Minimum wage of fruit pickers approved

New rules: The creation of a set minimum hourly rate means employees can more easily tell when they are not being paid the extra 15 per cent they are owed for competent work. Photo by Megan Fisher

Fruit pickers will soon receive a minimum wage — $25.41 per hour — after a landmark decision by the Fair Work Commission on November 4.

Currently the Horticulture Award has no floor wage and workers are paid based on the amount of produce they pick.

Australian Workers Union (AWU) national secretary Daniel Walton said the win was one of the most significant industrial decisions of modern times.

“Fruit pickers in Australia have been routinely and systemically exploited and underpaid,” Mr Walton said.

“The changes our union proposed, and that the Fair Work Commission has now accepted, will put a safety net under fruit pickers to ensure they get what every worker in Australia deserves: a fair day’s pay for a fair day’s work.”

Mr Walton said he suspected the Federal Government would soon join the National Farmers’ Federation in “fear-mongering about this decision”.

“After all, they have just hatched a plan to bring in even more easily exploited workers from South-East Asia.

“But now those workers can at least know if they’re being exploited.

“A clear floor has been put in place.”

The Horticulture Award covers everything from tractor drivers sowing grain to warehouse workers washing and grading fruit.

Crop industries not covered by the Horticulture Award include wine, sugar, cotton and nurseries.

The AWU first applied for change in December 2020 and evidence hearings occurred during July 2021.

Cobram District Fruit Growers Association president Tony Siciliano said it would still be business as usual come harvest.

“I don’t think the piece rate is going anywhere. It’s there to reward the workers doing a bit more and having a fair crack,” Mr Siciliano said.

“The wool shearers, the brick layers and the guys unloading trucks are all the same.

“The piece rate will always be there to encourage them a little bit more.”

Mr Siciliano said the one downside to the decision was that workers who were “not out having a crack” and “just there to count the hours” would be let go.

This will make securing work even harder for working holiday-makers trying to gain their 88 days of mandatory work and people looking to work at their own pace.

Those who opposed the changes largely agreed the unions were over-blowing wage exploitation.

The Australian Fresh Produce Alliance (AFPA) said the removal of the extreme risk-reward bargain of piecework could significantly disrupt the entire labour industry as employees lost the advantage of working at their own pace.

“Unskilled and unmotivated individuals with no experience, who would otherwise make unattractive candidates, can obtain employment (in piecework arrangements),” the AFPA said.

“Pickers who are not motivated to be productive and maximise their remuneration (eg backpackers who are only doing the job to satisfy visa requirements or ‘grey nomads’ who pick as a lifestyle choice) can pick at a pace that suits them, but still retain their employment.

“This allows employers not to be discerning in selecting and retaining their pickers and to continue engaging pickers found to have low productivity.”

The NFF said the changes would “render the industry less productive”.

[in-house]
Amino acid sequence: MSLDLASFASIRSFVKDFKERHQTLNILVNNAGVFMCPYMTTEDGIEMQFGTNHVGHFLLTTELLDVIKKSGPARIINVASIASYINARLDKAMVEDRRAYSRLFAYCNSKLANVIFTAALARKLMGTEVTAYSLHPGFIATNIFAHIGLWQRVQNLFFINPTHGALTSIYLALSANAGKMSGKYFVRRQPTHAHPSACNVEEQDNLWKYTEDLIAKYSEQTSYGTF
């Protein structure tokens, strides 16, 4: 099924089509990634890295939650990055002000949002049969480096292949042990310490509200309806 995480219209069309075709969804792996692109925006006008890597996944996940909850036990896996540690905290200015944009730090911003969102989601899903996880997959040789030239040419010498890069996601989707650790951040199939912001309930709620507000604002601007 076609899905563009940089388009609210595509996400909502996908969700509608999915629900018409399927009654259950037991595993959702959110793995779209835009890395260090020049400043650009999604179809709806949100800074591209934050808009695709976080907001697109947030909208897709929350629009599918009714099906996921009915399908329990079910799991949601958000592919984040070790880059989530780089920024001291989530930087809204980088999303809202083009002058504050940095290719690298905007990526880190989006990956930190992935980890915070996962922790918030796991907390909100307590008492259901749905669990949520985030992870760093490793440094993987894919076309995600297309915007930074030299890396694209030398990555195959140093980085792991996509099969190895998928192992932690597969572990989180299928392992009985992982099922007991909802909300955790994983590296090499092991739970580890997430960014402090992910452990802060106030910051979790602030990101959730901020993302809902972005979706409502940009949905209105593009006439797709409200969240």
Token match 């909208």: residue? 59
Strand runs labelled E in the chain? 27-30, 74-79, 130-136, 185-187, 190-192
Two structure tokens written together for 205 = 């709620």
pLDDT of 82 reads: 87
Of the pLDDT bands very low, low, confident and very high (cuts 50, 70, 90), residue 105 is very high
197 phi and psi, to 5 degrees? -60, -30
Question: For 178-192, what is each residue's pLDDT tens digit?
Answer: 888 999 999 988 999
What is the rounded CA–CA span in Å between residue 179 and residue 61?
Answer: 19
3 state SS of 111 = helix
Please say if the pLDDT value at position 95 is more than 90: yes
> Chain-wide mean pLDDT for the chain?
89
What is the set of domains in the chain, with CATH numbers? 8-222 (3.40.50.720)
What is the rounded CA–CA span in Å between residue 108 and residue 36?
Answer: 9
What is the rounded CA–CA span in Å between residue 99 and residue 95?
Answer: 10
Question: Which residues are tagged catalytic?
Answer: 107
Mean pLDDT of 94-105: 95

Fruit Growers Tasmania said the AWU was “wrongly conflating the very serious issue of the underpayment of workers with merits of a legitimate payment system”.

The full decision can be read here:

Opposed the application:


Australian Fresh Produce Alliance

Ai Group

Fruit Growers Tasmania

Payne’s Farm Contracting

Lucaston Park Orchards

Supported the application:

Queensland Government

Victorian Government

Western Australian Government

Australian Council of Social Services

88 Days and Counting

Uniting Church of Australia




Examples of evidence heard by the Commission include testimonials from working holiday makers, union officials and grower groups.

Working holiday maker, Darwin focus group:

“We worked in the same place and the cherries was very bad this year with the weather and so because of the rains they all cracked and so for the pickers, we had to check cherry by cherry … so you can’t make money and so you make like $5 per hour.”

Working holiday maker, Katherine focus group:

“You’re being forced to work piece rate but the crops wouldn’t be very good, so they’d say, ‘Don’t pick any of these because it’s diseased’ and you’d spend all day walking up and down and looking for fruit to pick and you’d be expected to do all of that in your own time. Yes, just $3 a bucket would take you half an hour, 40 minutes for the bucket because the crop’s just not there.”

Local worker, Stanthorpe:

“You had to do a whole row for $16 and I got maybe a quarter of the way down the row and it took me like over an hour, so I’m working on $4 an hour. I can sit at home — I don’t want to. I can sit at home on Centrelink and get $500, $600 a fortnight and someone wants to pay me $4?! I’m Australian, I don’t need to — I’m no-one’s slave.”

Community stakeholder interview, Griffith:

“Woolies and Coles, their buyers, their main buyers are standing up on a pedestal going ‘Everyone has to be doing the right thing here, everyone has to be moral about what they do’ and all the rest of it, they don’t give a s**t frankly. They really don’t care, so long as they’re getting their product at the lowest price. They’re making all those noises, but they really don’t care. I mean they were still buying (name omitted), they were still buying his tomatoes after he was raided and he flooded the market, so all the small growers who were doing the right thing couldn’t even get their tomatoes to market. It’s just such an ugly scene.”